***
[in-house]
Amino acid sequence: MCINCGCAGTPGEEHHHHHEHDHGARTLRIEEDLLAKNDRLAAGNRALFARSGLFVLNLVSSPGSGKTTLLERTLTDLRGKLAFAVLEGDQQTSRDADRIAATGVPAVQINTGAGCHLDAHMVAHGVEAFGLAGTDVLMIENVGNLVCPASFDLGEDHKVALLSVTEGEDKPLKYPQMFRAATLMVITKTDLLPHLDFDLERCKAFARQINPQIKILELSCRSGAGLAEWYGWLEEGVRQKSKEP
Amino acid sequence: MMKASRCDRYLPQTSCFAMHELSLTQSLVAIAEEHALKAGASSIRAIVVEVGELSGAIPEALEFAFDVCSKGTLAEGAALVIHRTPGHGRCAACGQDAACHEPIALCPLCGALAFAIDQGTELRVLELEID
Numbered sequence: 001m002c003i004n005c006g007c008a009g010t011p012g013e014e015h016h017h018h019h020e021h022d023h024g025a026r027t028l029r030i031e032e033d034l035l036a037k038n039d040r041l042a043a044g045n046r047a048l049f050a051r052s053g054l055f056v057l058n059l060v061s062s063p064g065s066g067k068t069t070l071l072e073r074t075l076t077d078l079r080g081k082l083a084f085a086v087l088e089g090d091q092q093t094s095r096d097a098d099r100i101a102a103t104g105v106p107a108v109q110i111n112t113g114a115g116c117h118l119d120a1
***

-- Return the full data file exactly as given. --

[in-house]
Amino acid sequence: MCINCGCAGTPGEEHHHHHEHDHGARTLRIEEDLLAKNDRLAAGNRALFARSGLFVLNLVSSPGSGKTTLLERTLTDLRGKLAFAVLEGDQQTSRDADRIAATGVPAVQINTGAGCHLDAHMVAHGVEAFGLAGTDVLMIENVGNLVCPASFDLGEDHKVALLSVTEGEDKPLKYPQMFRAATLMVITKTDLLPHLDFDLERCKAFARQINPQIKILELSCRSGAGLAEWYGWLEEGVRQKSKEP
Amino acid sequence: MMKASRCDRYLPQTSCFAMHELSLTQSLVAIAEEHALKAGASSIRAIVVEVGELSGAIPEALEFAFDVCSKGTLAEGAALVIHRTPGHGRCAACGQDAACHEPIALCPLCGALAFAIDQGTELRVLELEID
Numbered sequence: 001m002c003i004n005c006g007c008a009g010t011p012g013e014e015h016h017h018h019h020e021h022d023h024g025a026r027t028l029r030i031e032e033d034l035l036a037k038n039d040r041l042a043a044g045n046r047a048l049f050a051r052s053g054l055f056v057l058n059l060v061s062s063p064g065s066g067k068t069t070l071l072e073r074t075l076t077d078l079r080g081k082l083a084f085a086v087l088e089g090d091q092q093t094s095r096d097a098d099r100i101a102a103t104g105v106p107a108v109q110i111n112t113g114a115g116c117h118l119d120a1